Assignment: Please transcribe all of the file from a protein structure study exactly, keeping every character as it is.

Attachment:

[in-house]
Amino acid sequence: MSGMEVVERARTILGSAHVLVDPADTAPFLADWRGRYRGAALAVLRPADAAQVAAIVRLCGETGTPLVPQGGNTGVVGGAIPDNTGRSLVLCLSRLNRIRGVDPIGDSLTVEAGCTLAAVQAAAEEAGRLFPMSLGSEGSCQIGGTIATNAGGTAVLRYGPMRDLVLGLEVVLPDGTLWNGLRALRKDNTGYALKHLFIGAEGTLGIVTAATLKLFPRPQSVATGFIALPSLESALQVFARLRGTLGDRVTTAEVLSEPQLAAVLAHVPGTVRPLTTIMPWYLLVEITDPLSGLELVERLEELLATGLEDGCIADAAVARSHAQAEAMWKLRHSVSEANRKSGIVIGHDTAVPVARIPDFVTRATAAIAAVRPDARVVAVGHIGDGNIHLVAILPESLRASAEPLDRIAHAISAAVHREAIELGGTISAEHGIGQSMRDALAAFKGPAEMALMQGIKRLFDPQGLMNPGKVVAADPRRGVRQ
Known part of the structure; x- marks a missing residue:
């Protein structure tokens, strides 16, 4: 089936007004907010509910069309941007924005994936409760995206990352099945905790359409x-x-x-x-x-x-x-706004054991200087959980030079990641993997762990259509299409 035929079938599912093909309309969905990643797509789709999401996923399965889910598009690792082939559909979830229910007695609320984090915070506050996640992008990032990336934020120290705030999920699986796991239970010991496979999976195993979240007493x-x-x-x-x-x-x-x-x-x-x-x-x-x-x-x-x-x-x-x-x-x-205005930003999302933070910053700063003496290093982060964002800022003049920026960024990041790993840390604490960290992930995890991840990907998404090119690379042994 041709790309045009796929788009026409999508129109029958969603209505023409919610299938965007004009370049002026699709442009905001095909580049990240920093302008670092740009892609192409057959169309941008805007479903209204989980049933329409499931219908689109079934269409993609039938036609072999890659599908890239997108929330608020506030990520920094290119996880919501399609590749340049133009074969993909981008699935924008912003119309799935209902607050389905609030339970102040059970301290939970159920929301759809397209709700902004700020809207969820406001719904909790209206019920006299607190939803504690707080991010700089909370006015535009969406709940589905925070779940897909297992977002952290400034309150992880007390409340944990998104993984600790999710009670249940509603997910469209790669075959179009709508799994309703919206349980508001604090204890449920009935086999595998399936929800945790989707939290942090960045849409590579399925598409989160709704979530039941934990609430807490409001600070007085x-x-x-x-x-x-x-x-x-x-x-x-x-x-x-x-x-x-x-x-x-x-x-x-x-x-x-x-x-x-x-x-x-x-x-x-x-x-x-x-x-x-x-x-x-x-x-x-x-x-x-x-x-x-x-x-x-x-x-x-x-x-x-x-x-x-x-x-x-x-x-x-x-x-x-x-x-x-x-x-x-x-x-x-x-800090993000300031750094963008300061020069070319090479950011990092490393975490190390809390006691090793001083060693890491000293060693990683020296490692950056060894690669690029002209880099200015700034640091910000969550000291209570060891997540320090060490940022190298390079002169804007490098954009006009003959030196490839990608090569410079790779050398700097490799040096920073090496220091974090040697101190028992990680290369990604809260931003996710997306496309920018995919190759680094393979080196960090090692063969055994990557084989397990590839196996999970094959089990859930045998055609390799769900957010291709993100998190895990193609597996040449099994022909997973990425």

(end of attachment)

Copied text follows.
[in-house]
Amino acid sequence: MSGMEVVERARTILGSAHVLVDPADTAPFLADWRGRYRGAALAVLRPADAAQVAAIVRLCGETGTPLVPQGGNTGVVGGAIPDNTGRSLVLCLSRLNRIRGVDPIGDSLTVEAGCTLAAVQAAAEEAGRLFPMSLGSEGSCQIGGTIATNAGGTAVLRYGPMRDLVLGLEVVLPDGTLWNGLRALRKDNTGYALKHLFIGAEGTLGIVTAATLKLFPRPQSVATGFIALPSLESALQVFARLRGTLGDRVTTAEVLSEPQLAAVLAHVPGTVRPLTTIMPWYLLVEITDPLSGLELVERLEELLATGLEDGCIADAAVARSHAQAEAMWKLRHSVSEANRKSGIVIGHDTAVPVARIPDFVTRATAAIAAVRPDARVVAVGHIGDGNIHLVAILPESLRASAEPLDRIAHAISAAVHREAIELGGTISAEHGIGQSMRDALAAFKGPAEMALMQGIKRLFDPQGLMNPGKVVAADPRRGVRQ
Known part of the structure; x- marks a missing residue:
């Protein structure tokens, strides 16, 4: 089936007004907010509910069309941007924005994936409760995206990352099945905790359409x-x-x-x-x-x-x-706004054991200087959980030079990641993997762990259509299409 035929079938599912093909309309969905990643797509789709999401996923399965889910598009690792082939559909979830229910007695609320984090915070506050996640992008990032990336934020120290705030999920699986796991239970010991496979999976195993979240007493x-x-x-x-x-x-x-x-x-x-x-x-x-x-x-x-x-x-x-x-x-x-205005930003999302933070910053700063003496290093982060964002800022003049920026960024990041790993840390604490960290992930995890991840990907998404090119690379042994 041709790309045009796929788009026409999508129109029958969603209505023409919610299938965007004009370049002026699709442009905001095909580049990240920093302008670092740009892609192409057959169309941008805007479903209204989980049933329409499931219908689109079934269409993609039938036609072999890659599908890239997108929330608020506030990520920094290119996880919501399609590749340049133009074969993909981008699935924008912003119309799935209902607050389905609030339970102040059970301290939970159920929301759809397209709700902004700020809207969820406001719904909790209206019920006299607190939803504690707080991010700089909370006015535009969406709940589905925070779940897909297992977002952290400034309150992880007390409340944990998104993984600790999710009670249940509603997910469209790669075959179009709508799994309703919206349980508001604090204890449920009935086999595998399936929800945790989707939290942090960045849409590579399925598409989160709704979530039941934990609430807490409001600070007085x-x-x-x-x-x-x-x-x-x-x-x-x-x-x-x-x-x-x-x-x-x-x-x-x-x-x-x-x-x-x-x-x-x-x-x-x-x-x-x-x-x-x-x-x-x-x-x-x-x-x-x-x-x-x-x-x-x-x-x-x-x-x-x-x-x-x-x-x-x-x-x-x-x-x-x-x-x-x-x-x-x-x-x-x-800090993000300031750094963008300061020069070319090479950011990092490393975490190390809390006691090793001083060693890491000293060693990683020296490692950056060894690669690029002209880099200015700034640091910000969550000291209570060891997540320090060490940022190298390079002169804007490098954009006009003959030196490839990608090569410079790779050398700097490799040096920073090496220091974090040697101190028992990680290369990604809260931003996710997306496309920018995919190759680094393979080196960090090692063969055994990557084989397990590839196996999970094959089990859930045998055609390799769900957010291709993100998190895990193609597996040449099994022909997973990425």